Taiwan says China is too busy with party congress to raise tensions now

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3 mins read
FILE PHOTO: The Wider Image: Model soldiers and secret bunkers on Taiwan's front line with China

TAIPEI – China is too busy with ensuring stability for a key Communist Party congress at the end of the year where President Xi Jinping will likely get a third term in office to suddenly escalate tensions with Taiwan, Taipei’s government said on Wednesday.

Taiwan, claimed by China as its own territory, has raised its alert level since Russia invaded Ukraine, wary of Beijing making a move on the island at the same time, though it has reported no unusual Chinese military movements.

In a report to parliament on the security implications of the war, Taiwan’s China-policy making Mainland Affairs Council said Beijing would continue to “increase its unilateral actions” against the island.

“But the current priority is to ensure the stability of the internal and external environment before the 20th Party Congress, to pave the way for Xi’s reappointment, and not to suddenly escalate tensions in the short term,” it said.

The congress is likely to take place towards the end of the year, where Xi is widely expected to be confirmed for a third term as China’s leader, an event unprecedented in modern times.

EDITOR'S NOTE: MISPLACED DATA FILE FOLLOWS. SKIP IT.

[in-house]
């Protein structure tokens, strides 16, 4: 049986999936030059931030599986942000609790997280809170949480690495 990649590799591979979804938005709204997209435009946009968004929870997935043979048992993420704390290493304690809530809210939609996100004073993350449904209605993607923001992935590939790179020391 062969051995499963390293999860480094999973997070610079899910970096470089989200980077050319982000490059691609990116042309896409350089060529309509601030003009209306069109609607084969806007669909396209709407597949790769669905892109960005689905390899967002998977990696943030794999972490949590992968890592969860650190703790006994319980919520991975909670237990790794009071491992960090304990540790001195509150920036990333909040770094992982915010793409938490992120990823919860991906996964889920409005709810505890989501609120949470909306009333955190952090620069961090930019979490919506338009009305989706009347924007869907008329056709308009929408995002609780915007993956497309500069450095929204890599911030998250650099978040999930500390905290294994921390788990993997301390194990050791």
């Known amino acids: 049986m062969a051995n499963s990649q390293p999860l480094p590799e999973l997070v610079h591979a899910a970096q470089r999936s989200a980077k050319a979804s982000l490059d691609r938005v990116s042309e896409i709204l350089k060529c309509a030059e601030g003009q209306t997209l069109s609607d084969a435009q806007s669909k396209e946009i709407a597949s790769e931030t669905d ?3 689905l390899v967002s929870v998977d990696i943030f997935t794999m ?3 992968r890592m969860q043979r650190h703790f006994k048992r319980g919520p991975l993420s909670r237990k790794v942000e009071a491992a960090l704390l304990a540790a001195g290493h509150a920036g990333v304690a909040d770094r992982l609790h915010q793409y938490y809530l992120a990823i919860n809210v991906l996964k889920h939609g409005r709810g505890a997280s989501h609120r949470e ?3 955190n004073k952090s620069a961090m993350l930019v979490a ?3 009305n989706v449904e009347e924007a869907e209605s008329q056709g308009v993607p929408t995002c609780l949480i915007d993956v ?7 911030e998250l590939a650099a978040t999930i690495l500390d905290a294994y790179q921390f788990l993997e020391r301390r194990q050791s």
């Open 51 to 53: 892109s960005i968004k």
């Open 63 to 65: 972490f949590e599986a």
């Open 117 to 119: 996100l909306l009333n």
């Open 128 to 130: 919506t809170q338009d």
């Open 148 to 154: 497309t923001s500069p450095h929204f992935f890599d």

Over the past two years China has increased military activity around Taiwan, mostly by sending fighter jets into its air defence identification zone.

Taiwan calls these incursions “grey zone” warfare designed to test its pilots’ response times and wear them out with constantly having to scramble.

The Mainland Affairs Council said China’s failure to condemn the invasion, which Russia calls a “special operation”, or to place any sanctions on the country was in contravention of the United Nations Charter and rules of international relations.

“It will also become a security risk for the Taiwan Strait,” it added.


China has never renounced the use of force to bring Taiwan under its control, and stand-off between the two remains a potentially dangerous military flashpoint. China recognises no claims of sovereignty by Taiwan.

Speaking in Beijing earlier on Wednesday, the Communist Party’s fourth-ranked leader Wang Yang said “uncertainties and instabilities” over the Taiwan Strait had increased.

“But the times, momentum and righteousness are always on our side,” said Wang, who heads China’s top political advisory body.

“We have the overall strength and sure-win confidence to cope with various complex situations.”

(Reporting by Ben Blanchard; Additional reporting by Yew Lun Tian in Beijing; Editing by Clarence Fernandez)

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